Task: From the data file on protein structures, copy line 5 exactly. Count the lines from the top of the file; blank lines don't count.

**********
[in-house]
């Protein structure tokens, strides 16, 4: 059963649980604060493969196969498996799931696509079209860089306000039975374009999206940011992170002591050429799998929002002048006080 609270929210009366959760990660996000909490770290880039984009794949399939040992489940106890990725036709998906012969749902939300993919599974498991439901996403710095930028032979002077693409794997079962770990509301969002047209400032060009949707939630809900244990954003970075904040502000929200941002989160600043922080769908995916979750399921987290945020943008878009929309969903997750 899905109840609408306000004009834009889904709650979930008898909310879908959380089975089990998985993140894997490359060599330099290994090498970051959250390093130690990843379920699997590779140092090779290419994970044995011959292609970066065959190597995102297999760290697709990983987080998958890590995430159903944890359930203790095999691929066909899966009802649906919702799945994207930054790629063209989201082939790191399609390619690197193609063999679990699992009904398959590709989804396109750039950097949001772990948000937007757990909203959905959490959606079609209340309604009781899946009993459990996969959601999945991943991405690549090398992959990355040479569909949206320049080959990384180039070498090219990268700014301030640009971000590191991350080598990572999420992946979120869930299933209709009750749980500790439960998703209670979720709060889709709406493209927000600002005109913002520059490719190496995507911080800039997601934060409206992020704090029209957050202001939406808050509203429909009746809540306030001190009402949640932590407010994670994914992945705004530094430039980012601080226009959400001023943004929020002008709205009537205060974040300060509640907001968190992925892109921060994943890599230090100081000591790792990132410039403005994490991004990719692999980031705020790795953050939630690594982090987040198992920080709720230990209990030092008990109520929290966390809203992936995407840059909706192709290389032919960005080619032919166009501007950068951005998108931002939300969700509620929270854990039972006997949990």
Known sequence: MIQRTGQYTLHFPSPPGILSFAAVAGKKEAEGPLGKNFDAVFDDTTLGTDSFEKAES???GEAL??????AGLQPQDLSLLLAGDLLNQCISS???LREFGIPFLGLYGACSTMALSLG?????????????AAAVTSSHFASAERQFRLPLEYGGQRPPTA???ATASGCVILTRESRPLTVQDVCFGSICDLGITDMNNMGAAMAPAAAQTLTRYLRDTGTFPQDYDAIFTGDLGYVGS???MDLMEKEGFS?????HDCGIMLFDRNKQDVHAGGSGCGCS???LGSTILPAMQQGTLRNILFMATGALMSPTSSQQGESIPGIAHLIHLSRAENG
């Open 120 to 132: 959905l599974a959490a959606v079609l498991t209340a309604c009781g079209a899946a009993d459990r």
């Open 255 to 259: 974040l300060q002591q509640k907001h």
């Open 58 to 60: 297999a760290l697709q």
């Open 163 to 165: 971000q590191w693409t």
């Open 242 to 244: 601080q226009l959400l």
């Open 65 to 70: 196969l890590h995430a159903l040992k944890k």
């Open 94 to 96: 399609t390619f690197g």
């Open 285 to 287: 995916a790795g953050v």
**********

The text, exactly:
């Open 255 to 259: 974040l300060q002591q509640k907001h």